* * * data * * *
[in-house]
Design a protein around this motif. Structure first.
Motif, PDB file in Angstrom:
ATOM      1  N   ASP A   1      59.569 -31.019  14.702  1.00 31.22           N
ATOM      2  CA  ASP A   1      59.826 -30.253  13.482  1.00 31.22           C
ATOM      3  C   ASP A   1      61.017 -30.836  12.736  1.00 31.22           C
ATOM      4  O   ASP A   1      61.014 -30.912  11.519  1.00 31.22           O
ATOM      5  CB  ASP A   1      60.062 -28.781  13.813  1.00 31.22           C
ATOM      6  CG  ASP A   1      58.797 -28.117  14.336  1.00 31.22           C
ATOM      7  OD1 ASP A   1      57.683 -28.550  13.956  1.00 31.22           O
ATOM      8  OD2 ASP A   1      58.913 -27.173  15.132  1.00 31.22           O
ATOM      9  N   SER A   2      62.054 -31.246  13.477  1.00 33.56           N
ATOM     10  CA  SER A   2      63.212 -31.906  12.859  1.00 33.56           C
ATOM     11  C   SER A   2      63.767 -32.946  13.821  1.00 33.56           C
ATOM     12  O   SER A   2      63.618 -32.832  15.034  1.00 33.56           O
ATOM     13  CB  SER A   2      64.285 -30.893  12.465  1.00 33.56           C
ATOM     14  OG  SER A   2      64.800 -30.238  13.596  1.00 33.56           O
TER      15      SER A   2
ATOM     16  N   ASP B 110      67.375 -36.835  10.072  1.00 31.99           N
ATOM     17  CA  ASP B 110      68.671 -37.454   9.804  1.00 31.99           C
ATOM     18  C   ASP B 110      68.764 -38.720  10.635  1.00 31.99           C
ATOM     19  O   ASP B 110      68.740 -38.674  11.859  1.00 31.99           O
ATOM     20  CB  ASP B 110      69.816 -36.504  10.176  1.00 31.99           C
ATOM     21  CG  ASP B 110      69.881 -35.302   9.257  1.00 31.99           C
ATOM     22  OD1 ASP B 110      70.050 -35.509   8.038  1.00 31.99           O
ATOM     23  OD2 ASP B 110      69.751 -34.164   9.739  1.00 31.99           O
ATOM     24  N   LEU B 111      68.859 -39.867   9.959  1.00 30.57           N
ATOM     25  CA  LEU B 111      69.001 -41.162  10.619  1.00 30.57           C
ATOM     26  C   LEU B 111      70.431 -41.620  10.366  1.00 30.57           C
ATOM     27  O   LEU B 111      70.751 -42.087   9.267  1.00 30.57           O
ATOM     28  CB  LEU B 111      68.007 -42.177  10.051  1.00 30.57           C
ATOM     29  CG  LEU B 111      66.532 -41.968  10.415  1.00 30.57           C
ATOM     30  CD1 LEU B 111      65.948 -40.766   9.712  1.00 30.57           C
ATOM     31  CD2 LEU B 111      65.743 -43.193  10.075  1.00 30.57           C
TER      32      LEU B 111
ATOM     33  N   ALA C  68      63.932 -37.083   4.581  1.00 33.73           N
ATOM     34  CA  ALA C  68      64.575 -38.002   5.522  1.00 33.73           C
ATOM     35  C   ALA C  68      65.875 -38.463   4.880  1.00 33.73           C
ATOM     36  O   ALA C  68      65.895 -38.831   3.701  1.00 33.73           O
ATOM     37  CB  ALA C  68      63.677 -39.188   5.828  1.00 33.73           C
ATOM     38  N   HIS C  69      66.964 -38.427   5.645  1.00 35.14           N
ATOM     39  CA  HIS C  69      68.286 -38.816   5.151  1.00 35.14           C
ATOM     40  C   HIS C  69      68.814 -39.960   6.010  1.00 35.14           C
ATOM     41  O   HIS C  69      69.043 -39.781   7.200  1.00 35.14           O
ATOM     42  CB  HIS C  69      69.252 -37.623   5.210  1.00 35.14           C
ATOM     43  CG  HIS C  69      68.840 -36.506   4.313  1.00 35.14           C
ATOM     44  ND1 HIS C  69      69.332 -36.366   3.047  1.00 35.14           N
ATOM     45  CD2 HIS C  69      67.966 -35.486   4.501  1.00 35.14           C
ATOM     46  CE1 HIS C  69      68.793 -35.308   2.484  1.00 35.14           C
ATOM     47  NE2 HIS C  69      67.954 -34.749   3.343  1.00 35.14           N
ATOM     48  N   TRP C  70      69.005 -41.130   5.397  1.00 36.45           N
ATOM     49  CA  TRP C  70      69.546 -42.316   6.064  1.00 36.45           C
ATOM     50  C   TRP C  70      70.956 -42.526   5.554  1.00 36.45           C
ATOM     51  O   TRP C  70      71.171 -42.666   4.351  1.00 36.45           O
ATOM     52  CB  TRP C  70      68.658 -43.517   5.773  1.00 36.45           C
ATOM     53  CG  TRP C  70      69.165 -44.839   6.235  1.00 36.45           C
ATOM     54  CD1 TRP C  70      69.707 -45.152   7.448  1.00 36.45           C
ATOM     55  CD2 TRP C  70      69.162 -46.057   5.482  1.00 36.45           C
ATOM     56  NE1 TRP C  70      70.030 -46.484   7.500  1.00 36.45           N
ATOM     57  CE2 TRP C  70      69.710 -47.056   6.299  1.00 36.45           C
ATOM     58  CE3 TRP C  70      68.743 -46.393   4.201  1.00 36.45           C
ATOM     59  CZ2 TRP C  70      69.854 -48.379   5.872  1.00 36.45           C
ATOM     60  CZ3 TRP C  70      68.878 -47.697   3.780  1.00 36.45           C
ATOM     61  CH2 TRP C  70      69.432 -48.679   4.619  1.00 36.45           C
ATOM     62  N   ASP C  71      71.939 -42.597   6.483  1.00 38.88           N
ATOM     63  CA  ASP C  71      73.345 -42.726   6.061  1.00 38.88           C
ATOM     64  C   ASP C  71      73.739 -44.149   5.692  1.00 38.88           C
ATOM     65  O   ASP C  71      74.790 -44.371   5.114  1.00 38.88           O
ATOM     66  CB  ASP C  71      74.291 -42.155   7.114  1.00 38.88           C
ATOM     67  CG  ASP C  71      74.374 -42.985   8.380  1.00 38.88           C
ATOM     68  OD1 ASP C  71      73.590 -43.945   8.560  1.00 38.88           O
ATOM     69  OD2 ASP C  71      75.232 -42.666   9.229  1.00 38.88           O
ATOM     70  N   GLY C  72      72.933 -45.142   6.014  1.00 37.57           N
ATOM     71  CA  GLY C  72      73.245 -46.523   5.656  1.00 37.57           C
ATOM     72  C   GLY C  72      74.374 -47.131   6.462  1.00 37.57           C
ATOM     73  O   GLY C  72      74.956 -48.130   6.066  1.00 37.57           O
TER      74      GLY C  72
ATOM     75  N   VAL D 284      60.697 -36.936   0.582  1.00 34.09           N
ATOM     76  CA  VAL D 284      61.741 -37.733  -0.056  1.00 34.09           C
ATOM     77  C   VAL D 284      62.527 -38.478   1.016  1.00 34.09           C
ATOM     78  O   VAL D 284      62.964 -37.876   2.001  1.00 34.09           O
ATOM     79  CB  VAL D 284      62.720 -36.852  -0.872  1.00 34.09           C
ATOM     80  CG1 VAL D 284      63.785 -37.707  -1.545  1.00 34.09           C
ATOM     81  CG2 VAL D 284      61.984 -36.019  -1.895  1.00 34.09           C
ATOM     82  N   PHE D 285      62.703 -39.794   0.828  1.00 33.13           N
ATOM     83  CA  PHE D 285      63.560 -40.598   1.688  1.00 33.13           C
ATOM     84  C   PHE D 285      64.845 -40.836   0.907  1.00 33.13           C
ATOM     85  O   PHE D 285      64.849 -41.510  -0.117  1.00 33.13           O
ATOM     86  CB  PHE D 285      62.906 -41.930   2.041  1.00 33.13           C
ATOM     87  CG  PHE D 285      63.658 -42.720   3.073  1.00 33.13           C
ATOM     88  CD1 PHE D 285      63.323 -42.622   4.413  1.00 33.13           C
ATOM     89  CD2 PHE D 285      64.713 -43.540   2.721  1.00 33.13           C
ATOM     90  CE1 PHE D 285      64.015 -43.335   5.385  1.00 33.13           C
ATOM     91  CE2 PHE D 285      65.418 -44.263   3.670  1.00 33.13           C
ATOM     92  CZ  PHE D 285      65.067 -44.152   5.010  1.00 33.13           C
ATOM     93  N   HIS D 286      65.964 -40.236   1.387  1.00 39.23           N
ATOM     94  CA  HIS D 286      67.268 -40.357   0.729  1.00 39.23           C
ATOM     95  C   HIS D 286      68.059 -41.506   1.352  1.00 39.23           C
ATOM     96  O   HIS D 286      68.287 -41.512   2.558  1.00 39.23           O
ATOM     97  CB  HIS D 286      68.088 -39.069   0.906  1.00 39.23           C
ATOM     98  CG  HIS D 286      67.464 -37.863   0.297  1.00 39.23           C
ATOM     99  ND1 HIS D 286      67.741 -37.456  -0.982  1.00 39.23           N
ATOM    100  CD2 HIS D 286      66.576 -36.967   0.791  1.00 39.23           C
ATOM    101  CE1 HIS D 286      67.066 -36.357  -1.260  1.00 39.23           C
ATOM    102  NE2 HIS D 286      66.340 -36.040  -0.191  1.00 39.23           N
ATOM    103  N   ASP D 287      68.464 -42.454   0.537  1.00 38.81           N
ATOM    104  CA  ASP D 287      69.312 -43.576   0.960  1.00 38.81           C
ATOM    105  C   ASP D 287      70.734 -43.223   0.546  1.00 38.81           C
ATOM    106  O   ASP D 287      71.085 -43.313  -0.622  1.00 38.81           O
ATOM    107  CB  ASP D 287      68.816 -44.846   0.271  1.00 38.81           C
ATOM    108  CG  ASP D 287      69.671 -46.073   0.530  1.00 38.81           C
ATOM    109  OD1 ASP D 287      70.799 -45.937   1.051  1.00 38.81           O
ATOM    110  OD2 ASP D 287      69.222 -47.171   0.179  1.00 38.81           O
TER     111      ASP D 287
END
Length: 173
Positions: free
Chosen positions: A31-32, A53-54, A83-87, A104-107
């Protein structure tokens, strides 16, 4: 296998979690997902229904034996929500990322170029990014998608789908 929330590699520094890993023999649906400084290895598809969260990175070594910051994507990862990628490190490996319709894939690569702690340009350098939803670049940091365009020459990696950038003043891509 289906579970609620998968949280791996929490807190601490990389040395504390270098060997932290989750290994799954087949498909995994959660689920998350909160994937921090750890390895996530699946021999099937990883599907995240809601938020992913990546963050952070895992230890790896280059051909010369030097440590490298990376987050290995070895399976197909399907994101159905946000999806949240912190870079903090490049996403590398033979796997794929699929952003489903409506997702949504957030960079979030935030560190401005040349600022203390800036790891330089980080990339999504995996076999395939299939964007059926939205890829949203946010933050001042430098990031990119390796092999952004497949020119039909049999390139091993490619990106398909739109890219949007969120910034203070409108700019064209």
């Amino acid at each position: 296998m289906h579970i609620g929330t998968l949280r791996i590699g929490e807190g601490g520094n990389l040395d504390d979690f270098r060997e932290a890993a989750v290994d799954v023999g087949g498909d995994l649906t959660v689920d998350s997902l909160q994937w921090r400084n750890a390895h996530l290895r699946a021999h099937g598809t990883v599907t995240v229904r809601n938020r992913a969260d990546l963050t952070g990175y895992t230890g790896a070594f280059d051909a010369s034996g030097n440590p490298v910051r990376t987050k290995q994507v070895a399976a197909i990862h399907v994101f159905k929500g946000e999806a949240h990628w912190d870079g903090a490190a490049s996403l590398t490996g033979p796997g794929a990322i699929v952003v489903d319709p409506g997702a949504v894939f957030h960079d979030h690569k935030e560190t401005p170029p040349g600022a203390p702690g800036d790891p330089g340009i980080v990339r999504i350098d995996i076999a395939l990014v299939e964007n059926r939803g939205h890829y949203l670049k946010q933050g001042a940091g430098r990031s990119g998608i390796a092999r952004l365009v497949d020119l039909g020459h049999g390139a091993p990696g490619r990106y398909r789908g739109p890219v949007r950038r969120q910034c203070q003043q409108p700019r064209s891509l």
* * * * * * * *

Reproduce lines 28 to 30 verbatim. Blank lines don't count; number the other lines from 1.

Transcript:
ATOM     25  CA  LEU B 111      69.001 -41.162  10.619  1.00 30.57           C
ATOM     26  C   LEU B 111      70.431 -41.620  10.366  1.00 30.57           C
ATOM     27  O   LEU B 111      70.751 -42.087   9.267  1.00 30.57           O